Karl Barth continues to dominate my theological world right now. Here’s a quote from The Christian Life, 234, broken into bite-size bits and with emphasis added. As with anything in this style of language, I recommend slowly reading it aloud:
[God] would not be God if the unrighteousness and disorder that man has brought on his individual and social existence, the lordship of the lordless powers, and the suffering that man causes himself and has to endure under their lordship, did not find a limit in Him.
That [the lordless powers] have this limit may be seen already in their own sphere in the simple fact that the Christian and the Christian community prays “Thy Kingdom come.”
The fact that along with everything else that happens it also happens that people can and will, and, in all their weakness and confusion, do pray this proves the majesty and might of another kingdom, which is God’s Kingdom, is very different from the kingdom of disorder, the lordship of the lordless powers, to which the Christian and also the church are painfully enough exposed and even subject.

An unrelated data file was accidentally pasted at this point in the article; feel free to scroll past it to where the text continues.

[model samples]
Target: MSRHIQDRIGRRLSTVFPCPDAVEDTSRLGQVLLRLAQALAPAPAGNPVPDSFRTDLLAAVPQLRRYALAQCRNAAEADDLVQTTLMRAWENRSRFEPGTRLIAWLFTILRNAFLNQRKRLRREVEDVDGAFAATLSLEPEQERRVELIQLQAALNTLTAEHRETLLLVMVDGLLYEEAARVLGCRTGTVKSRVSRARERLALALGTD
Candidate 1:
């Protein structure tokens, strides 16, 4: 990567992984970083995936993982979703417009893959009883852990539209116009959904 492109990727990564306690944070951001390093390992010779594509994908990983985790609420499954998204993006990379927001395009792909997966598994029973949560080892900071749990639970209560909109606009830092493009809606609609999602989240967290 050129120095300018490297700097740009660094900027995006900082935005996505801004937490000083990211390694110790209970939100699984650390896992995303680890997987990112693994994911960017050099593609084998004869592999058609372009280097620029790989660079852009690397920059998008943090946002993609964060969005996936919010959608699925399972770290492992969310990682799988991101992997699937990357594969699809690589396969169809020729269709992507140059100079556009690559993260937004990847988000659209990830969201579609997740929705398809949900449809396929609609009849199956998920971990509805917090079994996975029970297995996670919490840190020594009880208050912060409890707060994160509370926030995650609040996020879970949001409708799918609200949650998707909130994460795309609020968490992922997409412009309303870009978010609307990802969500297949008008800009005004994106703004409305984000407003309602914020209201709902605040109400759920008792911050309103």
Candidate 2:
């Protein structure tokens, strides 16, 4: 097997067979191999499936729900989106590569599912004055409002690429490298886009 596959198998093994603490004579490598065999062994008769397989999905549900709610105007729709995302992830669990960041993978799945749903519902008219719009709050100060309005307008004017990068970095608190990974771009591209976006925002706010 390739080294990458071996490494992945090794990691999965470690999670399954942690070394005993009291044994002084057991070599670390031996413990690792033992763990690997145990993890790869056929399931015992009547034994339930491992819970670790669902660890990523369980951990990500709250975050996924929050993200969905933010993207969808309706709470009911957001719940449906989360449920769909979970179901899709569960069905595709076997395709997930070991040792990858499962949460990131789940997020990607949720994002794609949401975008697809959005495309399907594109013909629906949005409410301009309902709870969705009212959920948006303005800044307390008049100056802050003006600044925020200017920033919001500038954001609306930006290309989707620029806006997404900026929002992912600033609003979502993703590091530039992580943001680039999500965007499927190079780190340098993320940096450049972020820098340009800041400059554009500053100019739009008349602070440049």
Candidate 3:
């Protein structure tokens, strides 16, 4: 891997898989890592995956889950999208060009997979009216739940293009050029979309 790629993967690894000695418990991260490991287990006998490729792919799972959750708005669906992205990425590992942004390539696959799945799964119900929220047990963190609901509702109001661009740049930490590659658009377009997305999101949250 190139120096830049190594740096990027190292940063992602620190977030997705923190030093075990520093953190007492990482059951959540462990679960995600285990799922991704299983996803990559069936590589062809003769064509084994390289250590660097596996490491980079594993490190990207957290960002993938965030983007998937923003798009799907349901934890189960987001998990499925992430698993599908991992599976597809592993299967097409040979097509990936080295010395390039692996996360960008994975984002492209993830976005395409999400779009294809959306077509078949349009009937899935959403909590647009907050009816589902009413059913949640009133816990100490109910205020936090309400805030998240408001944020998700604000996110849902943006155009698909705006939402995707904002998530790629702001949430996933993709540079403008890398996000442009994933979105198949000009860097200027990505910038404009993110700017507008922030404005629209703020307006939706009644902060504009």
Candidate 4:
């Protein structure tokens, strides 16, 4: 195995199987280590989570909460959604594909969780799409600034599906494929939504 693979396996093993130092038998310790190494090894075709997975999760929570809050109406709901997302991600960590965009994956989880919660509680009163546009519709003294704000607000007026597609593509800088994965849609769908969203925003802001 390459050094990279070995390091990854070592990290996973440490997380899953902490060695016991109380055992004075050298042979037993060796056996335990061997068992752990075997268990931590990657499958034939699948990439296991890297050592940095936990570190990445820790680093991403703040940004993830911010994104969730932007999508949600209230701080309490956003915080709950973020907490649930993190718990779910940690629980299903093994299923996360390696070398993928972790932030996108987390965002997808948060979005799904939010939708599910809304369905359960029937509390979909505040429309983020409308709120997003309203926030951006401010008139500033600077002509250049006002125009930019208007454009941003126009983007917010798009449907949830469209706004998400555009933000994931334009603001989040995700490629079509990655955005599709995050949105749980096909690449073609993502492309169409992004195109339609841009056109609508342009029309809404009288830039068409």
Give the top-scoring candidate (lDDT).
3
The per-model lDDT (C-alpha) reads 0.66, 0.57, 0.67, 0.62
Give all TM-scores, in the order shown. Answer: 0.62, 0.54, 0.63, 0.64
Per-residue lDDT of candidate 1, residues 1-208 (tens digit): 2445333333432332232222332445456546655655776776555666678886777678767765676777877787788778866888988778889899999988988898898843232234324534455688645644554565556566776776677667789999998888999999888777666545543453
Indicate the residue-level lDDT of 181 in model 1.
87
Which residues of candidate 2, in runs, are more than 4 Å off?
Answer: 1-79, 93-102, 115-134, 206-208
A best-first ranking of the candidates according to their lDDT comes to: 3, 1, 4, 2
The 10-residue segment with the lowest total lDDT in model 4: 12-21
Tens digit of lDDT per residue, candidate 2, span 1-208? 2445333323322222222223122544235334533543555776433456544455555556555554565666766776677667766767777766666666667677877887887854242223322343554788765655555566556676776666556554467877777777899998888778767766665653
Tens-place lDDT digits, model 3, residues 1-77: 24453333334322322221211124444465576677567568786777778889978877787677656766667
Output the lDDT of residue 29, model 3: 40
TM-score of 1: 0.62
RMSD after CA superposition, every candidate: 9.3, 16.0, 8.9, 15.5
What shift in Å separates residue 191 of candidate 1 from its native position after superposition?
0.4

Within the sphere of these powers, that other Kingdom is obviously, if inconceivably, confessed and known. There is an open looking in its direction. A calling for it is heard, and invocation of God as its Lord and King.
Among all other human acts, and in all humanity, the act of this invocation is to be noted too, and in it may be the limit which is set for the kingdom of human disorder–set by the other Kingdom which, in the form of the prayer for its coming, is not only distant, but also near and already present.